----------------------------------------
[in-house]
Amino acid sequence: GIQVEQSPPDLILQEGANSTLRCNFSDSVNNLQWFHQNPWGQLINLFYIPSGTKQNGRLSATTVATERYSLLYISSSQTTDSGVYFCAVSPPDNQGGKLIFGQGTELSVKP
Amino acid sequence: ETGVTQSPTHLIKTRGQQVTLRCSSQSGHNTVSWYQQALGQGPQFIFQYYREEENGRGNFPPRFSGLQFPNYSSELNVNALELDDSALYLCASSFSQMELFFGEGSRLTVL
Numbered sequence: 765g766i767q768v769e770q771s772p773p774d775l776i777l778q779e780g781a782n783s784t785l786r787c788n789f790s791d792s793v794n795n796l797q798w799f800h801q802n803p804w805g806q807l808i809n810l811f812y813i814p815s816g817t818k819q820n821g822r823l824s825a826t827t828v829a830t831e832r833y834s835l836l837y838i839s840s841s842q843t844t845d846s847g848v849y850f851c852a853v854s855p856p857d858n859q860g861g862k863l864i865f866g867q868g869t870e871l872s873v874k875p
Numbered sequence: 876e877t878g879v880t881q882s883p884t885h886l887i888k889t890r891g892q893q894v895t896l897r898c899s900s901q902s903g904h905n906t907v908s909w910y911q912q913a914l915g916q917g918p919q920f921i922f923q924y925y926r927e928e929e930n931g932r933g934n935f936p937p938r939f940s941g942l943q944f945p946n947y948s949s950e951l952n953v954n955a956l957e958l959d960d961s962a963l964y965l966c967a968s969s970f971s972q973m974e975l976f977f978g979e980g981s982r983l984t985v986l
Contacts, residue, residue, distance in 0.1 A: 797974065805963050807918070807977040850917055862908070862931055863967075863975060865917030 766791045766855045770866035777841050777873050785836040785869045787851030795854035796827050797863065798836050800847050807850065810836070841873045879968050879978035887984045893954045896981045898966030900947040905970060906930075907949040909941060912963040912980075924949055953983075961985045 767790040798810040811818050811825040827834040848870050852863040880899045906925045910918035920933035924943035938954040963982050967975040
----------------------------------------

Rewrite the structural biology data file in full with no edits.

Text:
[in-house]
Amino acid sequence: GIQVEQSPPDLILQEGANSTLRCNFSDSVNNLQWFHQNPWGQLINLFYIPSGTKQNGRLSATTVATERYSLLYISSSQTTDSGVYFCAVSPPDNQGGKLIFGQGTELSVKP
Amino acid sequence: ETGVTQSPTHLIKTRGQQVTLRCSSQSGHNTVSWYQQALGQGPQFIFQYYREEENGRGNFPPRFSGLQFPNYSSELNVNALELDDSALYLCASSFSQMELFFGEGSRLTVL
Numbered sequence: 765g766i767q768v769e770q771s772p773p774d775l776i777l778q779e780g781a782n783s784t785l786r787c788n789f790s791d792s793v794n795n796l797q798w799f800h801q802n803p804w805g806q807l808i809n810l811f812y813i814p815s816g817t818k819q820n821g822r823l824s825a826t827t828v829a830t831e832r833y834s835l836l837y838i839s840s841s842q843t844t845d846s847g848v849y850f851c852a853v854s855p856p857d858n859q860g861g862k863l864i865f866g867q868g869t870e871l872s873v874k875p
Numbered sequence: 876e877t878g879v880t881q882s883p884t885h886l887i888k889t890r891g892q893q894v895t896l897r898c899s900s901q902s903g904h905n906t907v908s909w910y911q912q913a914l915g916q917g918p919q920f921i922f923q924y925y926r927e928e929e930n931g932r933g934n935f936p937p938r939f940s941g942l943q944f945p946n947y948s949s950e951l952n953v954n955a956l957e958l959d960d961s962a963l964y965l966c967a968s969s970f971s972q973m974e975l976f977f978g979e980g981s982r983l984t985v986l
Contacts, residue, residue, distance in 0.1 A: 797974065805963050807918070807977040850917055862908070862931055863967075863975060865917030 766791045766855045770866035777841050777873050785836040785869045787851030795854035796827050797863065798836050800847050807850065810836070841873045879968050879978035887984045893954045896981045898966030900947040905970060906930075907949040909941060912963040912980075924949055953983075961985045 767790040798810040811818050811825040827834040848870050852863040880899045906925045910918035920933035924943035938954040963982050967975040